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Phenomenological programming

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A screenshot of students’ progress from conceptual model to computational model with phenomenological programming.
An illustration of students recreating their conceptual models with phenomenological programming.

Try Phenomenological Programming

Project description

Phenomenological programming is a new approach to creating code-first science learning environments to make computer programming similar to how students intuitively perceive the world around them. It is a block-based programming approach (similar to Scratch or PencilCode) but aims to help students create sophisticated agent-based models of real-world phenomena using custom-made code blocks with little to no programming instruction by their teachers.

The idea of phenomenological programming emerged during my work on creating computational activities for an ideal gas laws unit. I wanted students to be able to develop computational models of kinetic molecular theory from scratch, yet I also knew that underlying physical phenomena were extremely difficult to calculate and program, even for experienced programmers.

I decided to design code blocks according to students’ intuitive understanding of real-world objects, patterns, and events instead of traditional commands used in other computer programming environments. For example, instead of using blocks such as “move 10”, “turn 15 degrees,” or “bounce” in Scratch, which always execute the same underlying code unambiguously, my phenomenological programming sandbox gives students code blocks like “move erratically” or “bounce like a balloon.” that are contextual and leverage ambiguity.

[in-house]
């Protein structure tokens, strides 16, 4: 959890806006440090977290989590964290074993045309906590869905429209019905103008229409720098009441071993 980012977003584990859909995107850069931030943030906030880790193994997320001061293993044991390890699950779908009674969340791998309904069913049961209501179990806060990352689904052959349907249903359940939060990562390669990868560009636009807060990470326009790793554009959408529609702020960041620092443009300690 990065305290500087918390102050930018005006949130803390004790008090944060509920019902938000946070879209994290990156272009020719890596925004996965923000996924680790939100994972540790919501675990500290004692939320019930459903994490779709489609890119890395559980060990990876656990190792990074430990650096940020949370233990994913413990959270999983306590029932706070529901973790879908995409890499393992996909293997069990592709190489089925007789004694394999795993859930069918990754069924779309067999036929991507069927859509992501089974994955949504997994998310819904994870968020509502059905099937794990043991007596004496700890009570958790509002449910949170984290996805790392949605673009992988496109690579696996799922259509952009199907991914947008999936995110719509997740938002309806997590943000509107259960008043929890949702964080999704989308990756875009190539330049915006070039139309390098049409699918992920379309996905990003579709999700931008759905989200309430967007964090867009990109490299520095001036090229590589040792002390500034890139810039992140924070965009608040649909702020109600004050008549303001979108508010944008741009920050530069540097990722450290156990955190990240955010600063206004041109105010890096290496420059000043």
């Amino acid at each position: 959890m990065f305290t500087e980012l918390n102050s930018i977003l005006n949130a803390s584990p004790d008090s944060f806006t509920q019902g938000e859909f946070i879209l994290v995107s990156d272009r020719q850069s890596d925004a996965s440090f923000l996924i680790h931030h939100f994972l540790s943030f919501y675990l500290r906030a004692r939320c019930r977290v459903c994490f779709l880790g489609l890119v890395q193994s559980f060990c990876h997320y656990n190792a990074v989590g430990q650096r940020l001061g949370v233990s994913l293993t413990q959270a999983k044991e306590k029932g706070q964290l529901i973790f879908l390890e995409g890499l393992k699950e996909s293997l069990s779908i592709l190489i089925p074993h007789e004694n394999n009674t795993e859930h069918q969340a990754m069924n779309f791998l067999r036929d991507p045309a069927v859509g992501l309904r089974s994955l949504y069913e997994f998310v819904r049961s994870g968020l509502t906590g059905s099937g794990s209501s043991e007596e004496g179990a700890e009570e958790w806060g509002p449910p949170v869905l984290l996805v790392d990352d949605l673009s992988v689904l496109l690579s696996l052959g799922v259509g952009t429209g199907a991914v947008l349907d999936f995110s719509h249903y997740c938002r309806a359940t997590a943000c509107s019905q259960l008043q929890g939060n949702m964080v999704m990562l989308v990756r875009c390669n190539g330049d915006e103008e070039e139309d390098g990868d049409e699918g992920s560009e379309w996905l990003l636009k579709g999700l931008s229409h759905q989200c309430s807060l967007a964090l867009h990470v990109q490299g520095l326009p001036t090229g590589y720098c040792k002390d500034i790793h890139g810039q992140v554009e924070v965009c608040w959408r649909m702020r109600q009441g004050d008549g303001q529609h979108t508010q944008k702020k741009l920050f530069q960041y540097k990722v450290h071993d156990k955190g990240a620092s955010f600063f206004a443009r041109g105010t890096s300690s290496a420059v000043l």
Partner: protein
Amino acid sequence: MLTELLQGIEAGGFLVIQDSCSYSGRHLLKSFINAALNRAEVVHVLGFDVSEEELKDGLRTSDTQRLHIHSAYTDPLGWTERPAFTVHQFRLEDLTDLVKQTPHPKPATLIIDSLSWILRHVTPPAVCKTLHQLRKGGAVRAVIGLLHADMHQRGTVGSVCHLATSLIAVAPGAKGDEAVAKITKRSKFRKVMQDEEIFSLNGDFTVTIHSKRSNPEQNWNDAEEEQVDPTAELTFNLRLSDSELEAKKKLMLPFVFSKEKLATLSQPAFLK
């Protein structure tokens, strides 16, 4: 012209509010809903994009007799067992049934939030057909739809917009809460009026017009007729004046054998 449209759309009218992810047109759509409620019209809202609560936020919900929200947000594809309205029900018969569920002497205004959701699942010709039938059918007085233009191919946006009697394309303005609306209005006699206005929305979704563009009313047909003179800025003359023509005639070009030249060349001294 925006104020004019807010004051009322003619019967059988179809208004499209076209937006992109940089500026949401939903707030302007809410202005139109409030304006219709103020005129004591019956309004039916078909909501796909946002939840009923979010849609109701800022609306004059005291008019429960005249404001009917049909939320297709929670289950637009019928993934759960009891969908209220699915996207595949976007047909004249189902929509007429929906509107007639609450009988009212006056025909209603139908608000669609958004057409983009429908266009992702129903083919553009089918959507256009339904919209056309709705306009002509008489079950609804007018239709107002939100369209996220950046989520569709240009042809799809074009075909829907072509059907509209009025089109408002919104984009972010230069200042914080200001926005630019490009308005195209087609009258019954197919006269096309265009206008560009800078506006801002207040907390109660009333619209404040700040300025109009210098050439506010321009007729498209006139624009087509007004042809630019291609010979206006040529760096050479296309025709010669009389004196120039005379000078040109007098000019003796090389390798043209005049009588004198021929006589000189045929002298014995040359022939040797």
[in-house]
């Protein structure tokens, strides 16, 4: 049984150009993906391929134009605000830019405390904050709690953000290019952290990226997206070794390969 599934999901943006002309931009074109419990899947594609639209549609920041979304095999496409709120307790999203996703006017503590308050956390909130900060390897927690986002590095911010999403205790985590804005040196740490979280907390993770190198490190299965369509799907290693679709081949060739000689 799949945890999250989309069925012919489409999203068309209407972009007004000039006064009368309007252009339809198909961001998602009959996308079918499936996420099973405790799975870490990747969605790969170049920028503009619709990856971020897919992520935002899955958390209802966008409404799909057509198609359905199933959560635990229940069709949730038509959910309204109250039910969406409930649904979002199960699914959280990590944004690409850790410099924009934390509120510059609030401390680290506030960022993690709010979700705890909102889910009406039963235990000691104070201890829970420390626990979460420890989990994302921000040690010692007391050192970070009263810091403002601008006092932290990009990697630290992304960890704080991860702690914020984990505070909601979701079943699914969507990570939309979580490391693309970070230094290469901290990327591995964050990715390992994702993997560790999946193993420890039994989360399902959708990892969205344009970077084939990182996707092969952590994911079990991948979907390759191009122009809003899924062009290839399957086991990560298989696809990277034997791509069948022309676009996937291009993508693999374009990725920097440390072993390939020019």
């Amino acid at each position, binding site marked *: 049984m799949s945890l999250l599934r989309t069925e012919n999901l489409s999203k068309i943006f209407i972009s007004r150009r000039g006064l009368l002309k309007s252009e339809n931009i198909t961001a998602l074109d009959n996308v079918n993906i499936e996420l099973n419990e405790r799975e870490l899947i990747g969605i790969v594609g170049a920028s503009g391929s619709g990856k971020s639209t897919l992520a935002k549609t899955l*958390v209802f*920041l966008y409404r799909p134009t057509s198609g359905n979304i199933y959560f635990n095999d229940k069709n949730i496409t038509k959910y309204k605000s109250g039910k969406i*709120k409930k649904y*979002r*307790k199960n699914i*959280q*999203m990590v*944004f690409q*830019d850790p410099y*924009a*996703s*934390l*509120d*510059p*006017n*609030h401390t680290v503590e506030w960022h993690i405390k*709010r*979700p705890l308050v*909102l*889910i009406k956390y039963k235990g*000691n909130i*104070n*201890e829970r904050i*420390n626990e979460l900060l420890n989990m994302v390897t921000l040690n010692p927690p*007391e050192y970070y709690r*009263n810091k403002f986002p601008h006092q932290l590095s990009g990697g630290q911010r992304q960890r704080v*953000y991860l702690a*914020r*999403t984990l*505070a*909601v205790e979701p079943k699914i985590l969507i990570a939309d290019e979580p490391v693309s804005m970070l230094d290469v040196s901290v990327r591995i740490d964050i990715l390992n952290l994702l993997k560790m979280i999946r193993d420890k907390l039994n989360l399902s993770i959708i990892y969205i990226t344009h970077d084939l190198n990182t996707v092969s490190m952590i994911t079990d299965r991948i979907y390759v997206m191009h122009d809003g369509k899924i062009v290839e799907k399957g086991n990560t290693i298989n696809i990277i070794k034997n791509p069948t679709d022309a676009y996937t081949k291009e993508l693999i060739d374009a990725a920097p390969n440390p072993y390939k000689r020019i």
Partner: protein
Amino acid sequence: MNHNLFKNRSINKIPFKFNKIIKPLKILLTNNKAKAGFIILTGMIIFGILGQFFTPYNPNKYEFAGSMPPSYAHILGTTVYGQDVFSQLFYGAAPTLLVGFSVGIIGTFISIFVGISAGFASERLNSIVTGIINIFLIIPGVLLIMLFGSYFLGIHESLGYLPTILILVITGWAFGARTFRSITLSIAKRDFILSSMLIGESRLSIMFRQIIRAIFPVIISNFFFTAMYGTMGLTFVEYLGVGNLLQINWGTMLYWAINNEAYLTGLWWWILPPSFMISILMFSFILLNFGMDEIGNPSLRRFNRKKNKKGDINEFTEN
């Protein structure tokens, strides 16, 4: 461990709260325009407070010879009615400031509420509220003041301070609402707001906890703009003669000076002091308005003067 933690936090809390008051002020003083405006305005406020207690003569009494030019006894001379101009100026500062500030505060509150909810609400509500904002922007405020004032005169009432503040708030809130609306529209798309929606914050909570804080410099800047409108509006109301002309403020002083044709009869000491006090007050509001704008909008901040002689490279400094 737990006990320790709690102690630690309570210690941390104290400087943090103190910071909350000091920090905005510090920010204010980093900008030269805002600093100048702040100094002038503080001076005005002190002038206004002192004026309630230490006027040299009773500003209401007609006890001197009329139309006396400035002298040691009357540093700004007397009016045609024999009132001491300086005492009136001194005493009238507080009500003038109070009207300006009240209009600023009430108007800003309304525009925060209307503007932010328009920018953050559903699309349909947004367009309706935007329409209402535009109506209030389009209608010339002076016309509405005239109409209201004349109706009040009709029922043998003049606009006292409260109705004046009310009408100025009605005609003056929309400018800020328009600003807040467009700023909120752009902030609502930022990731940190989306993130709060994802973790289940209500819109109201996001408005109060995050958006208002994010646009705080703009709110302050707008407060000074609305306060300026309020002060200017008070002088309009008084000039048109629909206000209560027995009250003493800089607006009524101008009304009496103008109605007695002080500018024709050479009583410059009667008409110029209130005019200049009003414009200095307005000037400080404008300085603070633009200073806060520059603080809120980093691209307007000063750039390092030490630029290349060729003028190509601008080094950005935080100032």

It is trivially easy for students to recognize the behavior of a phenomenological code block and predict the outcome through a quick mental simulation. For example, students can quickly parse a “move” command with a phenomenological component called “zig-zagging” and predict its approximate behavior, even if figuring out its exact nature would require some testing and tinkering. Achieving the same outcome in a general-purpose, procedural programming language would require mastering sophisticated constructs such as state variables, cartesian coordinates, and angles.


Aslan, U., LaGrassa, N., Horn, M., & Wilensky, U. (2020). Phenomenological programming: A novel approach to designing domain specific programming environments for science learning. In Proceedings of the Interaction Design and Children Conference, IDC 2020 (pp. 299-310). Association for Computing Machinery, Inc.

Aslan, U., LaGrassa, N., Horn, M. S., & Wilensky, U. (2020). Code-first learning environments for science education: a design experiment on kinetic molecular theory. In Proceedings of the Constructionism Conference, Constructionism 2020 (pp. 206-219).

Aslan, U., LaGrassa, N., Horn, M., & Wilensky, U. (2020). Putting the Taxonomy into Practice: Investigating Students’ Learning of Chemistry with Integrated Computational Thinking Activities. Paper accepted to American Education Research Association (AERA) 2020 Annual Meeting (meeting cancelled due to Covid-19).


In progress: I am still building my webpage. I could not finish this project’s page yet but I will soon.